400 Miles, 400 Smiles

23 Cycle the Erie Canal tours have been completed and this one may could win the “most appreciated” award out of the more than two decades worth of tours Parks & Trails New York (PTNY) has hosted. After taking a year off in 2020 because of COVID-19, PTNY staff made a challenging decision in the spring of 2021 to proceed with the 23rd annual tour at a limited level. The abundant compliments and positive attitudes of riders from 39 states (and Israel) this year suggested an air of gratitude from the 400 riders, volunteers, and staff – ranging in age from 12 to 88.

This year’s pedal was still 400 fabulous miles, still 8 days packed with adventure, yet had some new features and locations to address some of the few restrictions that remained in place.

The bike corral outside of Rome’s Fort Stanwix

BIKE CORRAL AT FORT STANWIX/ VERONA BEACH STATE PARK

A unique scene unfolded in Rome, NY at the end of Day 5 as bicycles were carefully placed in designated sections that were then corralled into Ft. Stanwix National Monument (traditionally where the Day 5 overnight location occurs) by over 20 staff and volunteers for safe overnight storage. Riders were shuttled to a new overnight location for the tour: to the shady, lakeside beauty of Verona Beach State Park. After a 50-mile pedal from Syracuse to Rome, cyclists greatly appreciated dipping into the refreshing waters of Oneida Lake then heading into the lively vacation town of Sylvan Beach for dinner.

Overnight at Fairport’s Center Park

NEW CAMPING LOCATIONS IN FAIRPORT AND SENECA FALLS

This year’s participants also experienced two other new camping locations that have not been a traditional part of the tour in past years. Instead of camping on the usual school grounds at the end of Day 2, riders were treated to the open green fields and indoor pool facilities of Center Park—a municipal park in the canalside town of Fairport just southeast of Rochester.

The recreation and parks commission of the historic Finger Lakes town of Seneca Falls opened one of their locations, Vince’s Park, for our participants to camp after a 51-mile pedal from Fairport. Hungry cyclists descended upon the town that evening to patron the many restaurants and pubs, fueling up so they could reach the monumental halfway point just west of Syracuse the next day.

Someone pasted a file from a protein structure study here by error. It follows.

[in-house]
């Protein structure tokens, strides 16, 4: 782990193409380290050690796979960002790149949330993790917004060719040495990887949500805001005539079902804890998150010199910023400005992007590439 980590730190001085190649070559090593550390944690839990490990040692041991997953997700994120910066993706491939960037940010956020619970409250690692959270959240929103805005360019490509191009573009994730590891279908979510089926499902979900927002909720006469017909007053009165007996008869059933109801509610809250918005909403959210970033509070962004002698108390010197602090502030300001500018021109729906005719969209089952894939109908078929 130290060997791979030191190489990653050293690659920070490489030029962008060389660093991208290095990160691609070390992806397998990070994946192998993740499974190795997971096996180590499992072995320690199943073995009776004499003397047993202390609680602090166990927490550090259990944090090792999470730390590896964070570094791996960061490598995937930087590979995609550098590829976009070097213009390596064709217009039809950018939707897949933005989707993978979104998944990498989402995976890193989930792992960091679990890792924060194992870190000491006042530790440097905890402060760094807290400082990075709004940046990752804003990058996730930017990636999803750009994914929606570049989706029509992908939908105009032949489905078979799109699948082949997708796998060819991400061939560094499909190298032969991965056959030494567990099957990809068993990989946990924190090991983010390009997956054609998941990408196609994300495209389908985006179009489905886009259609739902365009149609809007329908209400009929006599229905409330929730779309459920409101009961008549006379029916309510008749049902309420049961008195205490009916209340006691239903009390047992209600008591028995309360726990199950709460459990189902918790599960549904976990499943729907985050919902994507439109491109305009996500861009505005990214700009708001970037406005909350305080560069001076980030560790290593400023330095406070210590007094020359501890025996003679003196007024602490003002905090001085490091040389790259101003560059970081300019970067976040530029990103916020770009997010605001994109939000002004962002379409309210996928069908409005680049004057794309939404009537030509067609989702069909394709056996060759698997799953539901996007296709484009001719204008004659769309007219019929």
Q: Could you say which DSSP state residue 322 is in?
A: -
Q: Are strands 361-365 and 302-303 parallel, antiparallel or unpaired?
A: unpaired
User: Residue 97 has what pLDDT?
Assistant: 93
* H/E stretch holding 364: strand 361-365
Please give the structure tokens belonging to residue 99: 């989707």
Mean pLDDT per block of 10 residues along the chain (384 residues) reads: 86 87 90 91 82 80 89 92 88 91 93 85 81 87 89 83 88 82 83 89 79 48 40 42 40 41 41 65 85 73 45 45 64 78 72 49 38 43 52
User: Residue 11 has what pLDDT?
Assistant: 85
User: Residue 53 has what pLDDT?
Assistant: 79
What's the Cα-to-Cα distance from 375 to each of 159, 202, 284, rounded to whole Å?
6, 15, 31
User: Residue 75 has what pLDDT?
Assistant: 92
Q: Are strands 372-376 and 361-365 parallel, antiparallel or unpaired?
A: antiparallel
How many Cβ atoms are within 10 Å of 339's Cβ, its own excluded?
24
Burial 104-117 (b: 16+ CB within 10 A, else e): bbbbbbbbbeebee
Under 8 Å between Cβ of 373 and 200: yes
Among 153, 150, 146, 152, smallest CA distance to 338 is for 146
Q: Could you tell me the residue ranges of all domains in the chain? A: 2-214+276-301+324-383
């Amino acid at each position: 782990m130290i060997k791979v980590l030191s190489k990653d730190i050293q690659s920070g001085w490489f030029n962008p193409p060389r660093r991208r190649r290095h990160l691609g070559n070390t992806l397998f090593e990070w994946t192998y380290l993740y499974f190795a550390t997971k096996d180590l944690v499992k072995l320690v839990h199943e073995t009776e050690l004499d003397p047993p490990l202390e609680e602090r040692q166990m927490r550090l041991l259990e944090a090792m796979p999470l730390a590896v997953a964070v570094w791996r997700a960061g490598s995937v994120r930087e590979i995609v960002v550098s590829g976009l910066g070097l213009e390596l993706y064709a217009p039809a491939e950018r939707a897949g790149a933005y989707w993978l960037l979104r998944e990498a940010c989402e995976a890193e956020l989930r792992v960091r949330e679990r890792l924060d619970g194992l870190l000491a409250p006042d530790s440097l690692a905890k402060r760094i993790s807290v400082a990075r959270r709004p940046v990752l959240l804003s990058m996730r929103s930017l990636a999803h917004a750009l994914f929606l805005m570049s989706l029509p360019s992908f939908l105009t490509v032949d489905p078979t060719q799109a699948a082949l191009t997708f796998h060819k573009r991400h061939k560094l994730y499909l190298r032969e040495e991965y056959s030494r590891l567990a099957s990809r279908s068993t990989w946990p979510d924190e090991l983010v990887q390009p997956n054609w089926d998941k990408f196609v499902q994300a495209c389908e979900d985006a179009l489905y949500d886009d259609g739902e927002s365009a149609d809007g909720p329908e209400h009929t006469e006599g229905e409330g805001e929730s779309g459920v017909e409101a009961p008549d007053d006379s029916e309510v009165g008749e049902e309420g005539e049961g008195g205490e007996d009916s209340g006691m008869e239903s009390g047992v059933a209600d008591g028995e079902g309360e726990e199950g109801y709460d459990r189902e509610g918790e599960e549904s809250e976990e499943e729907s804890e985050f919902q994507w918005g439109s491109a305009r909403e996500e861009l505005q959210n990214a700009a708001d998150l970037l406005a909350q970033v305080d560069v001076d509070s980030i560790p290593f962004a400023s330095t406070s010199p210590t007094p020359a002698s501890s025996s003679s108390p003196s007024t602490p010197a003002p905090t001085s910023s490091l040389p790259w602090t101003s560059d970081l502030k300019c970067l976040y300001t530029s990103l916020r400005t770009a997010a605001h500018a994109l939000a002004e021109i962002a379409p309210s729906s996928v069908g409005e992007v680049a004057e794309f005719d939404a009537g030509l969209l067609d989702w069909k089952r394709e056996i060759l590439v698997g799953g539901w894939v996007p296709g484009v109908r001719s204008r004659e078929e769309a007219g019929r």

MORE TRAIL, LESS ROAD

One of the most common compliments emanating throughout the finish line in Albany was the remarkable amount of new trail they encountered throughout the ride. Returning riders (about 30% of participants this year) referred mostly to the new sections near Ilion and Syracuse where they recalled from past years how anxious they would get along the shoulders of what was then on-road routes. The smooth pavement and worry-free trail was an absolute joy for the cyclists of all levels of experience.

The new sections of trail had been completed as part of the state’s historic investment in creating the Empire State Trail. In total, more than 50 new miles of Erie Canalway Trail have opened as part of the completion of this momentous project – and all to the highest design standards found in the state. The fresh pavement, trailhead improvements, and safe crossings at roadways made an incredible improvement in the quality of the experience for the riders – many of the riders who had ridden on a previous edition of the tour commented on the improvements to the trail as a whole – noting that each year, the ride gets even better.

PTNY Board Member Rob Basch speaks with a local news outlet at a rest area

COMMUNITIES AND MEDIA

From local organizations to Amish families, from radio to television, diverse communities and media outlets from Buffalo to Albany came out to welcome and acknowledge the riders pedaling through their area. The St. Johnsville Chamber of Commerce placed welcome signs at the trailhead to encourage riders to pop into their small Montgomery County village where they had the pleasure of speaking with and recharging cyclists towards the end of their sixth day on the trail. Amish families who set up stands along the route offering baked goods and lemonade benefitted from the sweet tooth many riders possess.

Dozens of cyclists, volunteers, and staff gained their Fifteen Minutes of Fame from the frequent video cameras, photographers, and microphones of numerous media outlets that recorded the event throughout the 8 days. Some of these snippets can be viewed in the In the News section of our website

Riders reaching the halfway point of the historic Erie Canal were greeted with cheers from local volunteers. Photo courtesy of Frank Forte Photography.

WHAT’S NEXT?

Cycle the Erie Canal planners are already looking forward to 2022 with hopes that any of the limitations faced in 2021 will be lifted and we will return to the ride that has made this event a destination for thousands of riders over the past two decades. Stay updated on the latest announcements by joining our Cycle the Erie Canal Tour email list.

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